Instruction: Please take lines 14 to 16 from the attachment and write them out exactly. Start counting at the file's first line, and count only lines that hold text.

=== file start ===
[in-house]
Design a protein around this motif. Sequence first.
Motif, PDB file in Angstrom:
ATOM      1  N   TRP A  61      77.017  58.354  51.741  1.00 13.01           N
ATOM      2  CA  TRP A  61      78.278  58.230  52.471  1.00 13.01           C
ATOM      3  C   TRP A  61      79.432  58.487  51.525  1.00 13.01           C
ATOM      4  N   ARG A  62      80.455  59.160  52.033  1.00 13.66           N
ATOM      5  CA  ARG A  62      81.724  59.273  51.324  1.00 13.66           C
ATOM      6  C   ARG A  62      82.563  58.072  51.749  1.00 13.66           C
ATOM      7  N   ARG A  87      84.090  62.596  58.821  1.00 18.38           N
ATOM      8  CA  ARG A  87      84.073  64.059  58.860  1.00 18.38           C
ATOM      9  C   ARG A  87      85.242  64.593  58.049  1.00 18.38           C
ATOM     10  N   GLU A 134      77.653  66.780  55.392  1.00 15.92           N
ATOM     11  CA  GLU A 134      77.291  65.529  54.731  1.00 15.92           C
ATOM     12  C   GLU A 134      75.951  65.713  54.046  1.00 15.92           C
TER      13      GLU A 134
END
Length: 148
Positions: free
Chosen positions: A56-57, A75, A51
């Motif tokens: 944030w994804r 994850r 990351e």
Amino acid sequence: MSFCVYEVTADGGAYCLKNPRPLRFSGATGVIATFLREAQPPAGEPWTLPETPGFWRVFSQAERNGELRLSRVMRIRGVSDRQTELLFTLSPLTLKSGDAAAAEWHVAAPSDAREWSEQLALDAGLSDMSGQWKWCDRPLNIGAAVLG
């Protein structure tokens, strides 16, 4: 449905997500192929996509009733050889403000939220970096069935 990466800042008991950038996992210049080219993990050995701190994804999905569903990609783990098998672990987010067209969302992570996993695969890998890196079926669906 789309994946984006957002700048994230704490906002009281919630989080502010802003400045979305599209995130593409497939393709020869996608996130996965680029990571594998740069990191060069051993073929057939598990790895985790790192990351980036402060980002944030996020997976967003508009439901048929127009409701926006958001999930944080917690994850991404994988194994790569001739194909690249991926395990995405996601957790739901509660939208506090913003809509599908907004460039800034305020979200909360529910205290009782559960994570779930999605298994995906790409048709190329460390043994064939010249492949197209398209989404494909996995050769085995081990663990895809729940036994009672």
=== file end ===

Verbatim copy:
ATOM     11  CA  GLU A 134      77.291  65.529  54.731  1.00 15.92           C
ATOM     12  C   GLU A 134      75.951  65.713  54.046  1.00 15.92           C
TER      13      GLU A 134